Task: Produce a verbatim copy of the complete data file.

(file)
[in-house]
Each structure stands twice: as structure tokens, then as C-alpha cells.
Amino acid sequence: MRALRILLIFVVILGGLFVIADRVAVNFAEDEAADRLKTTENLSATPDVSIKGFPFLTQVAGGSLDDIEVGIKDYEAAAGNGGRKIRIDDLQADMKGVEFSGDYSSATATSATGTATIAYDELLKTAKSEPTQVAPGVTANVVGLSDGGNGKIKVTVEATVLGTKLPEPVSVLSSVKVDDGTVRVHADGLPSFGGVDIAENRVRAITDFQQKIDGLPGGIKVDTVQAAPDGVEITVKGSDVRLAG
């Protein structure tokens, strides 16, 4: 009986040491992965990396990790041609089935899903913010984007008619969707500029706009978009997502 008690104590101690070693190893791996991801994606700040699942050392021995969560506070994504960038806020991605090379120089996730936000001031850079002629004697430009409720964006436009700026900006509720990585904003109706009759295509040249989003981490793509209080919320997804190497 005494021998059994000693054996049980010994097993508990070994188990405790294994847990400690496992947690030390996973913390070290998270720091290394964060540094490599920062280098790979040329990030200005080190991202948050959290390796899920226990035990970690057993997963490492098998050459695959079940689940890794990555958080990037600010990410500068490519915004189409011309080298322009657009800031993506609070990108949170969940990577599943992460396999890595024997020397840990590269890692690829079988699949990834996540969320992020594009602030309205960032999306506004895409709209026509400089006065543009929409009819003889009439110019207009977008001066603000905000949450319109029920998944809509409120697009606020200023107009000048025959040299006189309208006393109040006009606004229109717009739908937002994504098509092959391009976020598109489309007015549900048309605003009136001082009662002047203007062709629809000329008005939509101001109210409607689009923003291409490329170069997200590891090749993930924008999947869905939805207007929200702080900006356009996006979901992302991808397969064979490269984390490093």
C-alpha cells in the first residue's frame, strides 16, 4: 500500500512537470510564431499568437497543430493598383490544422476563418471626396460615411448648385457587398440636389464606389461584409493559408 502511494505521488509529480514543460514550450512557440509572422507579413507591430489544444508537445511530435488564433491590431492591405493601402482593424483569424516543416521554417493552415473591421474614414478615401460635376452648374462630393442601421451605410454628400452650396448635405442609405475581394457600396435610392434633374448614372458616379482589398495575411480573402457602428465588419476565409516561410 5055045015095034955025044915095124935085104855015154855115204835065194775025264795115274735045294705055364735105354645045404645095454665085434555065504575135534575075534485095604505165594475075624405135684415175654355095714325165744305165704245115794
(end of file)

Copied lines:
[in-house]
Each structure stands twice: as structure tokens, then as C-alpha cells.
Amino acid sequence: MRALRILLIFVVILGGLFVIADRVAVNFAEDEAADRLKTTENLSATPDVSIKGFPFLTQVAGGSLDDIEVGIKDYEAAAGNGGRKIRIDDLQADMKGVEFSGDYSSATATSATGTATIAYDELLKTAKSEPTQVAPGVTANVVGLSDGGNGKIKVTVEATVLGTKLPEPVSVLSSVKVDDGTVRVHADGLPSFGGVDIAENRVRAITDFQQKIDGLPGGIKVDTVQAAPDGVEITVKGSDVRLAG
């Protein structure tokens, strides 16, 4: 009986040491992965990396990790041609089935899903913010984007008619969707500029706009978009997502 008690104590101690070693190893791996991801994606700040699942050392021995969560506070994504960038806020991605090379120089996730936000001031850079002629004697430009409720964006436009700026900006509720990585904003109706009759295509040249989003981490793509209080919320997804190497 005494021998059994000693054996049980010994097993508990070994188990405790294994847990400690496992947690030390996973913390070290998270720091290394964060540094490599920062280098790979040329990030200005080190991202948050959290390796899920226990035990970690057993997963490492098998050459695959079940689940890794990555958080990037600010990410500068490519915004189409011309080298322009657009800031993506609070990108949170969940990577599943992460396999890595024997020397840990590269890692690829079988699949990834996540969320992020594009602030309205960032999306506004895409709209026509400089006065543009929409009819003889009439110019207009977008001066603000905000949450319109029920998944809509409120697009606020200023107009000048025959040299006189309208006393109040006009606004229109717009739908937002994504098509092959391009976020598109489309007015549900048309605003009136001082009662002047203007062709629809000329008005939509101001109210409607689009923003291409490329170069997200590891090749993930924008999947869905939805207007929200702080900006356009996006979901992302991808397969064979490269984390490093």
C-alpha cells in the first residue's frame, strides 16, 4: 500500500512537470510564431499568437497543430493598383490544422476563418471626396460615411448648385457587398440636389464606389461584409493559408 502511494505521488509529480514543460514550450512557440509572422507579413507591430489544444508537445511530435488564433491590431492591405493601402482593424483569424516543416521554417493552415473591421474614414478615401460635376452648374462630393442601421451605410454628400452650396448635405442609405475581394457600396435610392434633374448614372458616379482589398495575411480573402457602428465588419476565409516561410 5055045015095034955025044915095124935085104855015154855115204835065194775025264795115274735045294705055364735105354645045404645095454665085434555065504575135534575075534485095604505165594475075624405135684415175654355095714325165744305165704245115794